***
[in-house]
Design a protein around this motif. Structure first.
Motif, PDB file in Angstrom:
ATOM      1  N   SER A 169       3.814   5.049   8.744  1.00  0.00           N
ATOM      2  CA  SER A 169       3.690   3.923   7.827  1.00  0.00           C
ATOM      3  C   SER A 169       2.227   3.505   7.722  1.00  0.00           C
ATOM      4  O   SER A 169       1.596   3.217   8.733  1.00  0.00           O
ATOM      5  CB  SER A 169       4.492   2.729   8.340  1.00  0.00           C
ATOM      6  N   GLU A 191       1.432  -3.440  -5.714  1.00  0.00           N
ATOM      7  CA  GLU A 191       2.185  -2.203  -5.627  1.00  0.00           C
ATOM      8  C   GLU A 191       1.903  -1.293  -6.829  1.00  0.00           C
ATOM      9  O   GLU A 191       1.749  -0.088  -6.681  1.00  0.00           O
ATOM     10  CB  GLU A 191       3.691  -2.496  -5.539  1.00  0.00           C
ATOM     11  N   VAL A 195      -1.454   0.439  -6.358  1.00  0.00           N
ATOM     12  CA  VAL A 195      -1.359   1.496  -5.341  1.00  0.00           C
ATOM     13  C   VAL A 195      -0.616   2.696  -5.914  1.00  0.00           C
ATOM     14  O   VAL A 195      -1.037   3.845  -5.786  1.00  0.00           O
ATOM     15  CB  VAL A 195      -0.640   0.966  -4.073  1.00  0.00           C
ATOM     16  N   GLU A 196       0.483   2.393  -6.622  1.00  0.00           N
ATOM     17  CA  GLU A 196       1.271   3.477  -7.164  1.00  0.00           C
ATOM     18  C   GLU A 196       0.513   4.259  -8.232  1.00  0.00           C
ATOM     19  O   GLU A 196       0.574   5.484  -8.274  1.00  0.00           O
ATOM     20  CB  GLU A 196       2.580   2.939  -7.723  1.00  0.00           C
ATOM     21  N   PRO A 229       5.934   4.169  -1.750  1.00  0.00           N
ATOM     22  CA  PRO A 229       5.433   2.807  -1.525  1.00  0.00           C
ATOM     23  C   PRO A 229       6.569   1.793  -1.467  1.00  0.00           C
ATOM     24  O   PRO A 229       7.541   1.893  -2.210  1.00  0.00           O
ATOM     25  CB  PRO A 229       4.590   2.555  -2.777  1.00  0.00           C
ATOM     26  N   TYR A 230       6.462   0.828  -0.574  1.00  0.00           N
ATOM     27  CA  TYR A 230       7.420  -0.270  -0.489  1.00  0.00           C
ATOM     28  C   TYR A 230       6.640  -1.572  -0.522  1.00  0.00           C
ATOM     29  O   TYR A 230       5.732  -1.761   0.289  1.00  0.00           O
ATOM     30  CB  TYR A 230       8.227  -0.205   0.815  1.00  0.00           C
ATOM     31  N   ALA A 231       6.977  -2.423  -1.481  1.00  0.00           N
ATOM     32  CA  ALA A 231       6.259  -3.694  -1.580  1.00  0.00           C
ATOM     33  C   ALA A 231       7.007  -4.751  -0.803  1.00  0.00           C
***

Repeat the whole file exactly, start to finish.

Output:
[in-house]
Design a protein around this motif. Structure first.
Motif, PDB file in Angstrom:
ATOM      1  N   SER A 169       3.814   5.049   8.744  1.00  0.00           N
ATOM      2  CA  SER A 169       3.690   3.923   7.827  1.00  0.00           C
ATOM      3  C   SER A 169       2.227   3.505   7.722  1.00  0.00           C
ATOM      4  O   SER A 169       1.596   3.217   8.733  1.00  0.00           O
ATOM      5  CB  SER A 169       4.492   2.729   8.340  1.00  0.00           C
ATOM      6  N   GLU A 191       1.432  -3.440  -5.714  1.00  0.00           N
ATOM      7  CA  GLU A 191       2.185  -2.203  -5.627  1.00  0.00           C
ATOM      8  C   GLU A 191       1.903  -1.293  -6.829  1.00  0.00           C
ATOM      9  O   GLU A 191       1.749  -0.088  -6.681  1.00  0.00           O
ATOM     10  CB  GLU A 191       3.691  -2.496  -5.539  1.00  0.00           C
ATOM     11  N   VAL A 195      -1.454   0.439  -6.358  1.00  0.00           N
ATOM     12  CA  VAL A 195      -1.359   1.496  -5.341  1.00  0.00           C
ATOM     13  C   VAL A 195      -0.616   2.696  -5.914  1.00  0.00           C
ATOM     14  O   VAL A 195      -1.037   3.845  -5.786  1.00  0.00           O
ATOM     15  CB  VAL A 195      -0.640   0.966  -4.073  1.00  0.00           C
ATOM     16  N   GLU A 196       0.483   2.393  -6.622  1.00  0.00           N
ATOM     17  CA  GLU A 196       1.271   3.477  -7.164  1.00  0.00           C
ATOM     18  C   GLU A 196       0.513   4.259  -8.232  1.00  0.00           C
ATOM     19  O   GLU A 196       0.574   5.484  -8.274  1.00  0.00           O
ATOM     20  CB  GLU A 196       2.580   2.939  -7.723  1.00  0.00           C
ATOM     21  N   PRO A 229       5.934   4.169  -1.750  1.00  0.00           N
ATOM     22  CA  PRO A 229       5.433   2.807  -1.525  1.00  0.00           C
ATOM     23  C   PRO A 229       6.569   1.793  -1.467  1.00  0.00           C
ATOM     24  O   PRO A 229       7.541   1.893  -2.210  1.00  0.00           O
ATOM     25  CB  PRO A 229       4.590   2.555  -2.777  1.00  0.00           C
ATOM     26  N   TYR A 230       6.462   0.828  -0.574  1.00  0.00           N
ATOM     27  CA  TYR A 230       7.420  -0.270  -0.489  1.00  0.00           C
ATOM     28  C   TYR A 230       6.640  -1.572  -0.522  1.00  0.00           C
ATOM     29  O   TYR A 230       5.732  -1.761   0.289  1.00  0.00           O
ATOM     30  CB  TYR A 230       8.227  -0.205   0.815  1.00  0.00           C
ATOM     31  N   ALA A 231       6.977  -2.423  -1.481  1.00  0.00           N
ATOM     32  CA  ALA A 231       6.259  -3.694  -1.580  1.00  0.00           C
ATOM     33  C   ALA A 231       7.007  -4.751  -0.803  1.00  0.00           C